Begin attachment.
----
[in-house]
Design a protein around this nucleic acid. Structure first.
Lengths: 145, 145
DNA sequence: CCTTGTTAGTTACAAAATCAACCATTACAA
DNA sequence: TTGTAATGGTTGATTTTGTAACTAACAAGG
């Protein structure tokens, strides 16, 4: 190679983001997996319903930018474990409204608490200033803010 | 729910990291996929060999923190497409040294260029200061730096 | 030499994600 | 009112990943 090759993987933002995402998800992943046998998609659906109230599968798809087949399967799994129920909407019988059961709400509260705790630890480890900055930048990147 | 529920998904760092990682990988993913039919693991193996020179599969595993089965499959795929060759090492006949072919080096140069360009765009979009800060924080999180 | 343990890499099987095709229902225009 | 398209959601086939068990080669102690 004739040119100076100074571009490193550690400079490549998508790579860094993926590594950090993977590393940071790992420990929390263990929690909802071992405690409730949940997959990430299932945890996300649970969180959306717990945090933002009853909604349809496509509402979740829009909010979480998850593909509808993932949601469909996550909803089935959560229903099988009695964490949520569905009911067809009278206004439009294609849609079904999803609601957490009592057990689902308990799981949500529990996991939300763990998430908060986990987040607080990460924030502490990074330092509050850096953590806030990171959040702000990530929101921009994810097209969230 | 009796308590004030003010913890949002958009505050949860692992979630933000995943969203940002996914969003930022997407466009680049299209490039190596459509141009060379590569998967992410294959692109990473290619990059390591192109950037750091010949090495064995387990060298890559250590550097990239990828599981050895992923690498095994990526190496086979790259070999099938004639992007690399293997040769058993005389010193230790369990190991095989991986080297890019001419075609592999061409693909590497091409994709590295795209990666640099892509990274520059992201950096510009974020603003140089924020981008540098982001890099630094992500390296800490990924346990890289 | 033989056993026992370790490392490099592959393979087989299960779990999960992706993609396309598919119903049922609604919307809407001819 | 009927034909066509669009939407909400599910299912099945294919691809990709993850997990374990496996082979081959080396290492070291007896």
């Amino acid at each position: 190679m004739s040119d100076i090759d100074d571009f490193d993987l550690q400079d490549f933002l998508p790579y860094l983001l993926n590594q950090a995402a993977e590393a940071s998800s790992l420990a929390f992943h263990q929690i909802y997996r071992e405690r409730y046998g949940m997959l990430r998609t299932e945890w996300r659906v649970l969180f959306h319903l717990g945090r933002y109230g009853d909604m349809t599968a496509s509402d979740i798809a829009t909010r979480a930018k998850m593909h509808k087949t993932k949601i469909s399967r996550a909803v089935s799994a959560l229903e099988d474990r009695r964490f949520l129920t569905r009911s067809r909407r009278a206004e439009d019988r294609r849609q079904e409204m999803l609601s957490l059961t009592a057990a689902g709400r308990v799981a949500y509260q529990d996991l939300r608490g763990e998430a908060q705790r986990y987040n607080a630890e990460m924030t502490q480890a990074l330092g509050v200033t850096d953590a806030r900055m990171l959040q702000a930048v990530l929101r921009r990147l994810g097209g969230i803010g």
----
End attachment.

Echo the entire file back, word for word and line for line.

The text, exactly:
[in-house]
Design a protein around this nucleic acid. Structure first.
Lengths: 145, 145
DNA sequence: CCTTGTTAGTTACAAAATCAACCATTACAA
DNA sequence: TTGTAATGGTTGATTTTGTAACTAACAAGG
């Protein structure tokens, strides 16, 4: 190679983001997996319903930018474990409204608490200033803010 | 729910990291996929060999923190497409040294260029200061730096 | 030499994600 | 009112990943 090759993987933002995402998800992943046998998609659906109230599968798809087949399967799994129920909407019988059961709400509260705790630890480890900055930048990147 | 529920998904760092990682990988993913039919693991193996020179599969595993089965499959795929060759090492006949072919080096140069360009765009979009800060924080999180 | 343990890499099987095709229902225009 | 398209959601086939068990080669102690 004739040119100076100074571009490193550690400079490549998508790579860094993926590594950090993977590393940071790992420990929390263990929690909802071992405690409730949940997959990430299932945890996300649970969180959306717990945090933002009853909604349809496509509402979740829009909010979480998850593909509808993932949601469909996550909803089935959560229903099988009695964490949520569905009911067809009278206004439009294609849609079904999803609601957490009592057990689902308990799981949500529990996991939300763990998430908060986990987040607080990460924030502490990074330092509050850096953590806030990171959040702000990530929101921009994810097209969230 | 009796308590004030003010913890949002958009505050949860692992979630933000995943969203940002996914969003930022997407466009680049299209490039190596459509141009060379590569998967992410294959692109990473290619990059390591192109950037750091010949090495064995387990060298890559250590550097990239990828599981050895992923690498095994990526190496086979790259070999099938004639992007690399293997040769058993005389010193230790369990190991095989991986080297890019001419075609592999061409693909590497091409994709590295795209990666640099892509990274520059992201950096510009974020603003140089924020981008540098982001890099630094992500390296800490990924346990890289 | 033989056993026992370790490392490099592959393979087989299960779990999960992706993609396309598919119903049922609604919307809407001819 | 009927034909066509669009939407909400599910299912099945294919691809990709993850997990374990496996082979081959080396290492070291007896």
């Amino acid at each position: 190679m004739s040119d100076i090759d100074d571009f490193d993987l550690q400079d490549f933002l998508p790579y860094l983001l993926n590594q950090a995402a993977e590393a940071s998800s790992l420990a929390f992943h263990q929690i909802y997996r071992e405690r409730y046998g949940m997959l990430r998609t299932e945890w996300r659906v649970l969180f959306h319903l717990g945090r933002y109230g009853d909604m349809t599968a496509s509402d979740i798809a829009t909010r979480a930018k998850m593909h509808k087949t993932k949601i469909s399967r996550a909803v089935s799994a959560l229903e099988d474990r009695r964490f949520l129920t569905r009911s067809r909407r009278a206004e439009d019988r294609r849609q079904e409204m999803l609601s957490l059961t009592a057990a689902g709400r308990v799981a949500y509260q529990d996991l939300r608490g763990e998430a908060q705790r986990y987040n607080a630890e990460m924030t502490q480890a990074l330092g509050v200033t850096d953590a806030r900055m990171l959040q702000a930048v990530l929101r921009r990147l994810g097209g969230i803010g």